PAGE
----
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July 8, 2019 10:17 am

Sony Is the Latest Japanese Company Looking to Tap Israeli Startups With New Fund

avatar by Meir Orbach / CTech

Journalists wait for Sony Corp’s new President and Chief Executive Officer Kenichiro Yoshida’s news conference on the company’s business plan at Sony’s headquarters in Tokyo, Japan, May 22, 2018. Photo: Reuters / Toru Hanai.

CTech – Sony is the latest Japanese company looking to tap Israeli startups. Last week, the company announced a plan to establish a joint fund with Daiwa Capital Holdings, a subsidiary of Tokyo-listed investment bank Daiwa Securities Group. The fund, called Innovation Growth Ventures (IGV), is aiming to raise $185 million to invest in tech startups in Japan, Europe, the US, and Israel.

In the first half of 2019, Japanese investors backed 34 Israeli companies, up from 28 companies during the entire year 2018, Elchanan S. Harel, president of Harel-Hertz Investment House, an investment firm promoting business between Japan and Israel, said in a recent interview with Calcalist. “There are currently 87 offices in Israel that represent almost all of the leading Japanese corporations, with the exception of Tokyo-listed Sumitomo Corp., who are also planning to inaugurate offices in Israel,” Harel said.

Last week, Tokyo-listed Japanese advertising and public relation corporation Dentsu backed Tel Aviv-based digital communication startup Imprint. Back in June, Dentsu announced it was scouting Israeli startups for investment and collaboration opportunities. To support its operations in Israel, the company set up a new division called the solution intelligence center.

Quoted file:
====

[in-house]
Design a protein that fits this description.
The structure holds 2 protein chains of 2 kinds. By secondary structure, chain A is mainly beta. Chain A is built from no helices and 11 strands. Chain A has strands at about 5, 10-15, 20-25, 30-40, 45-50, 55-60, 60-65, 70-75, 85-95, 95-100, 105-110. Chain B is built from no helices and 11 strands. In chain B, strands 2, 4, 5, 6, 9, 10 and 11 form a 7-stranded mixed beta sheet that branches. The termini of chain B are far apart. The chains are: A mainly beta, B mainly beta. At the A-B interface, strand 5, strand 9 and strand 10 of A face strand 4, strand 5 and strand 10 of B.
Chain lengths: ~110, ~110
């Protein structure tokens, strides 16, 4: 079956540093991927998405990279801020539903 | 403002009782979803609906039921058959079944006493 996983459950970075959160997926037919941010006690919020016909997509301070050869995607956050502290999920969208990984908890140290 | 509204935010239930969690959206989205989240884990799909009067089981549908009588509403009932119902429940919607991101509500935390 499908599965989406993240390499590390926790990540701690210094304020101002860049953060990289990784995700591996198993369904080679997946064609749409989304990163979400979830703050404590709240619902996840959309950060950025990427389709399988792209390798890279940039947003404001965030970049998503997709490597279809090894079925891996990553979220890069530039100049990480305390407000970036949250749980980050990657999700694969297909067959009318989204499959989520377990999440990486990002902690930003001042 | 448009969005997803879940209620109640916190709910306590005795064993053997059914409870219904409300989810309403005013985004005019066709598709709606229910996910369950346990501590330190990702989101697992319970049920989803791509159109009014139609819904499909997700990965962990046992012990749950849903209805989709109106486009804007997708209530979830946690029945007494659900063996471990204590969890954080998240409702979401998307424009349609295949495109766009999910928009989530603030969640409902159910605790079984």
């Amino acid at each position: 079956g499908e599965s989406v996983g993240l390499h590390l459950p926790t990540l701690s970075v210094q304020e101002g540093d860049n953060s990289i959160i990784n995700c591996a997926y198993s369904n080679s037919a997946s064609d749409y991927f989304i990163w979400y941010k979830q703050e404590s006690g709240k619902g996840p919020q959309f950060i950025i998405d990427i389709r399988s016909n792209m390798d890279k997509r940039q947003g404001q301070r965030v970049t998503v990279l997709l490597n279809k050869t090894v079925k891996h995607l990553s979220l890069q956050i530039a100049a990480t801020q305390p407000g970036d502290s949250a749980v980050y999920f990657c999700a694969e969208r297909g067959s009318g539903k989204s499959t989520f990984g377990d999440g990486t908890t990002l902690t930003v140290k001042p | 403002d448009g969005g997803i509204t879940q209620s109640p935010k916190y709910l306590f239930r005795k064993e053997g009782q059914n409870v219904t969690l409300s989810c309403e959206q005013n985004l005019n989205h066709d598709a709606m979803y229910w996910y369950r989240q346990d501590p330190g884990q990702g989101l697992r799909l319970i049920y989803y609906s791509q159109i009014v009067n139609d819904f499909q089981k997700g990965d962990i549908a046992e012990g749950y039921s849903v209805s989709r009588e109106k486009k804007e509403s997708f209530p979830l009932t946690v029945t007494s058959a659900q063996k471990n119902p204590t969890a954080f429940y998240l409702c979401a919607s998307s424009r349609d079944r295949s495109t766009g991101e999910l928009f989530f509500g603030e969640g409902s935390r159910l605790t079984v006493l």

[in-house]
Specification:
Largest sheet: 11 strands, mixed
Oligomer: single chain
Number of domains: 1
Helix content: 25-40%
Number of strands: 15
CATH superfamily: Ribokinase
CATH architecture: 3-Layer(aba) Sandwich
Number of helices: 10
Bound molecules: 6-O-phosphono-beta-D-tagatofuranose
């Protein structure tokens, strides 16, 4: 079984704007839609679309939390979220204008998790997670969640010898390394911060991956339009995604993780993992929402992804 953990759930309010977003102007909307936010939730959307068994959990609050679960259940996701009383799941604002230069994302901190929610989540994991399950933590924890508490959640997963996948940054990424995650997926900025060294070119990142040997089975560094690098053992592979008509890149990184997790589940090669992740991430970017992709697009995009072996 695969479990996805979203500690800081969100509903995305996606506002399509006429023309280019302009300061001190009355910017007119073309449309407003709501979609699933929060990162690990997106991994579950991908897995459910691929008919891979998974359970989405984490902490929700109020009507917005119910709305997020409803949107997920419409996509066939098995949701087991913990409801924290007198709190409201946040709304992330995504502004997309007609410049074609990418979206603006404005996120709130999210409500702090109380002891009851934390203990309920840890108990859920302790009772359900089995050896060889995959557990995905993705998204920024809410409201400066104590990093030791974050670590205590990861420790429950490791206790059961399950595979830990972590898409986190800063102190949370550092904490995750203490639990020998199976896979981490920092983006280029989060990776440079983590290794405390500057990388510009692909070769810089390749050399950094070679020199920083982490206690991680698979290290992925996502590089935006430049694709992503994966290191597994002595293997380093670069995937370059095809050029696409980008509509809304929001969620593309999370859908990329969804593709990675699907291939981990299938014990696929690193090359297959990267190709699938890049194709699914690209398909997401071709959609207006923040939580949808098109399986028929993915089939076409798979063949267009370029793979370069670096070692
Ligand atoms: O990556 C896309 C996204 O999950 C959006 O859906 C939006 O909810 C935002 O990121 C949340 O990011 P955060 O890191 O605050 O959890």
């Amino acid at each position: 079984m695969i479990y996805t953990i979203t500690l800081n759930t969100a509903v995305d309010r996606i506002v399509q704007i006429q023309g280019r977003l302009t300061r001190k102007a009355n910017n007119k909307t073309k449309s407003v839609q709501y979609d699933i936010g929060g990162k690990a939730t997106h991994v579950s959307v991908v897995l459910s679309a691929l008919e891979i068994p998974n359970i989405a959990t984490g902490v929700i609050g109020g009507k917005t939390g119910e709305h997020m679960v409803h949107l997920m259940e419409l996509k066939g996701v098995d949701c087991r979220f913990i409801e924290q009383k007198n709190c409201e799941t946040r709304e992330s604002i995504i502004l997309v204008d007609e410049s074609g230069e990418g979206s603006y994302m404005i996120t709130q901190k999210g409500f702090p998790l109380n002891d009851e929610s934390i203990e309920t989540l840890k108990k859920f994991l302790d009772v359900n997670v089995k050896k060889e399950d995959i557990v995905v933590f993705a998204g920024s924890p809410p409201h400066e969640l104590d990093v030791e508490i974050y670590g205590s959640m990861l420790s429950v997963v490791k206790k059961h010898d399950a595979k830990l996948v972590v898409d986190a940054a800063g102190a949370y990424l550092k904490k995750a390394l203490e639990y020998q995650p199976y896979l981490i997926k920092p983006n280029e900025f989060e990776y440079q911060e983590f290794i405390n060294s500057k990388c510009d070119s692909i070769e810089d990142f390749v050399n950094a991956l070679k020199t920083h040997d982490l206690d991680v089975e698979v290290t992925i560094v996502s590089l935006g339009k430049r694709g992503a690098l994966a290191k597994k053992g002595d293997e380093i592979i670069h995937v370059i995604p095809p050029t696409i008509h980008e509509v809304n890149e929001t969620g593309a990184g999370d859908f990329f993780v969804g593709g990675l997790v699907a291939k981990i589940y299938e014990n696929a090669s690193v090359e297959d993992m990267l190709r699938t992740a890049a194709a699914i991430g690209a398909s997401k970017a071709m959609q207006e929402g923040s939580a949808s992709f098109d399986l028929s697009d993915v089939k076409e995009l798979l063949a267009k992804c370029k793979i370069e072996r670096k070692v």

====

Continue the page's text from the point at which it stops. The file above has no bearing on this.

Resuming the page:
In May, Mitsubishi opened a Tel Aviv liaison office to operate as a business intelligence outpost. Mitsubishi is the third Japanese general trading company to set up a local development center in the country, after the Mitsui Group and the Marubeni Corporation. Japanese multinational the Hitachi Group also has a center in Israel.

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In October, Japanese insurance company Sompo Holdings announced it was launching an innovation hub in Tel Aviv, which will serve as a local operational branch of the company’s digital division.

There is a rising trend of Japanese delegations and businesspeople that come to Israel for every tech event to look for potential investments, Guy Lachmann, partner at Pearl Cohen Zedek Latzer Baratz specializing in Japanese relations, told Calcalist in a recent interview.

This trend is growing and more and more Japanese corporations are creating investment funds specifically for Israeli companies, he said.

Trade between Israel and Japan, not including diamonds, amounted to $3.5 billion in 2018, according to the Israeli Ministry of Economy, an increase of around 20 percent from 2017. Overall, Japan is the 11th largest importer of Israeli goods in terms of annual turnover, according to the Israeli Export Institute, and the third largest Asian importer.

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